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The HBS Credibility Gap

I hit a good riff last article, so I’m sticking with it.
One of the reasons I selected Harvard Business School was my respect for our collective mission of “contribut[ing] to the well-being of society.” I continue to experience frustration, however, at what I view as a serious misalignment between our stated goals and our program implementation. Even an RC student with a teeny bit of 7 S training can see that.
Two weeks ago HBS put together a truly all-star panel of international aid heavy-hitters. Chief executives of Oxfam, the International Rescue Committee, and others appeared to do a Q and A on the humanitarian crisis in Afghanistan. In his introduction to the event, Carl Kester said, “As we consider the mission of HBS . . . we could hardly ask for better models than the members of today’s panel.” I could not agree more.
So why were these guests simply part of an optional panel put together in response to our recent tragedy? These men and women are wonderful models considering our mission, yet we would never actually see them in our classes, or read about them in our cases.

If we want to save the world and stuff, we need to take a sharp look at HBS’ comparative advantages. Here’s a hint: we’re not designed to promote volunteerism and our student population did not come here to get non-profit jobs. What are we good at? Well, business, for one. And that seems like a pretty powerful force, to me.

I’m reminded of a major investment bank that saw itself as a socially responsible organization. They had a program whereby their employees would be allowed to spend one afternoon each week mentoring disadvantaged youth in the community. How wonderful. Meanwhile, the investment bank put together the financing for China’s Three Gorges Dam project, which is making over 1 million people homeless, destroying priceless historical treasures, and wreaking havoc with the environment. Where did the do-gooder partners of this firm get the idea that their expertise and wealth would be best used teaching a few kids to read?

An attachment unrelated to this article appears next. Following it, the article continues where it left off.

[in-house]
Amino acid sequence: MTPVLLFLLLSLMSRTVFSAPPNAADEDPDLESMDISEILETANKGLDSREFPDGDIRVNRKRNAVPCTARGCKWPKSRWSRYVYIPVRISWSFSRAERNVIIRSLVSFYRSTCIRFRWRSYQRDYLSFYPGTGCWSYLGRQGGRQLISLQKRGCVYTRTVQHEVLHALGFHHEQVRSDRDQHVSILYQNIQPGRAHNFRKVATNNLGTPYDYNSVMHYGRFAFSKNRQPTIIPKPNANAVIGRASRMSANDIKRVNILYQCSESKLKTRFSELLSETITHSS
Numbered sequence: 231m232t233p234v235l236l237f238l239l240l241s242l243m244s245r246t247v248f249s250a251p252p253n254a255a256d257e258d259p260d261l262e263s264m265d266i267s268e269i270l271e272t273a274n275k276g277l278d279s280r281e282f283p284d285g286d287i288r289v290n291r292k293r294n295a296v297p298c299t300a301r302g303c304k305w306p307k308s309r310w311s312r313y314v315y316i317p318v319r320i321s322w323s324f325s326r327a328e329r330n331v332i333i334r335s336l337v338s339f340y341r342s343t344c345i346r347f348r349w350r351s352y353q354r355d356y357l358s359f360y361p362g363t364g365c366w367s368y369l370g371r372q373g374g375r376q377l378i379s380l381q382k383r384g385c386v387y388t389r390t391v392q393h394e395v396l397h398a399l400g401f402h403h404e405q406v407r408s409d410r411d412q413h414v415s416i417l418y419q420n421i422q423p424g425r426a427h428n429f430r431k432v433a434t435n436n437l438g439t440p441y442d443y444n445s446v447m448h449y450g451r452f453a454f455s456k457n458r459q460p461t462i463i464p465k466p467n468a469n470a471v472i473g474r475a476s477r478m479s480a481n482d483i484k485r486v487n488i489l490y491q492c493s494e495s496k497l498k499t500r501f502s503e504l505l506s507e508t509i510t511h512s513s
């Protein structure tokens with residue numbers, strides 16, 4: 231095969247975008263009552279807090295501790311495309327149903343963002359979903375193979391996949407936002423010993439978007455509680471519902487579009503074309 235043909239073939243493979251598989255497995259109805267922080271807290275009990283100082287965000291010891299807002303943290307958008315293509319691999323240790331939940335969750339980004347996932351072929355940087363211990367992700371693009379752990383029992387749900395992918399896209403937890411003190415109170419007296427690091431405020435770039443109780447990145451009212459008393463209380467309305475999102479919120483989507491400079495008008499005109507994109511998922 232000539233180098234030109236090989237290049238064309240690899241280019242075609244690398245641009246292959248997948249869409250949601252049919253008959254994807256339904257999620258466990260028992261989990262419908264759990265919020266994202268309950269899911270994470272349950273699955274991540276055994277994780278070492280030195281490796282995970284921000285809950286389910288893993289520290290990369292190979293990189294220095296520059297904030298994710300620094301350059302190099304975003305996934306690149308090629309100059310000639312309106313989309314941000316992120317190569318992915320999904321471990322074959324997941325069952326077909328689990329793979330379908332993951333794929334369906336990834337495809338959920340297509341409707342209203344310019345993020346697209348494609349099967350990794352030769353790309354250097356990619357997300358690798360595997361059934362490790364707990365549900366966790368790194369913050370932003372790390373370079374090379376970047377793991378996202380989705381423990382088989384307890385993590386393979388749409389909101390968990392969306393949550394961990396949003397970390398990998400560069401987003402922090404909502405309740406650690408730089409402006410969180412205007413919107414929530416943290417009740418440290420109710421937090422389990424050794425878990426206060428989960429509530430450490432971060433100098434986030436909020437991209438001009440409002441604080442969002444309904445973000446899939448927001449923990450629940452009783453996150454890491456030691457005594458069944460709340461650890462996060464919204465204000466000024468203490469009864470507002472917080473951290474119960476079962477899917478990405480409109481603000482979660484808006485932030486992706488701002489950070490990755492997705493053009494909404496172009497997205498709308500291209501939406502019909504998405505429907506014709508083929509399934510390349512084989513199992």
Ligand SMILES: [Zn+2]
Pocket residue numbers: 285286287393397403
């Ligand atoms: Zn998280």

If we’re going to get serious about our mission, this do-gooder stuff has to be part of the fundamental curriculum, not part of optional sessions and mini-modules. HBS makes major changes to the pedagogy all the time, and in any case, the time for incrementalism is past.

Moral, ethical, and philosophical conversations have to be rigorous. Too often LEAD, LVDM, and other classes are seen as a break; we don’t have do any number crunching. There seems to be a belief that a non-numbers based conversation is therefore soft or easily manipulated.
We need exposure to people who are tackling this issue head-on. Let’s read Friedman, Hayek, Sen. Nussbaum, Rawls, and Kant. To say nothing of Adam Smith, whoeveryone quotes and no one reads. I think we can handle the rigor.

And we have to talk about how business leaders affect the world. Enough with the nonprofit boards; we’ll have a lot more impact in our business decisions than in our volunteer activities, and it’s time we started taking responsibility.

February 4, 2002
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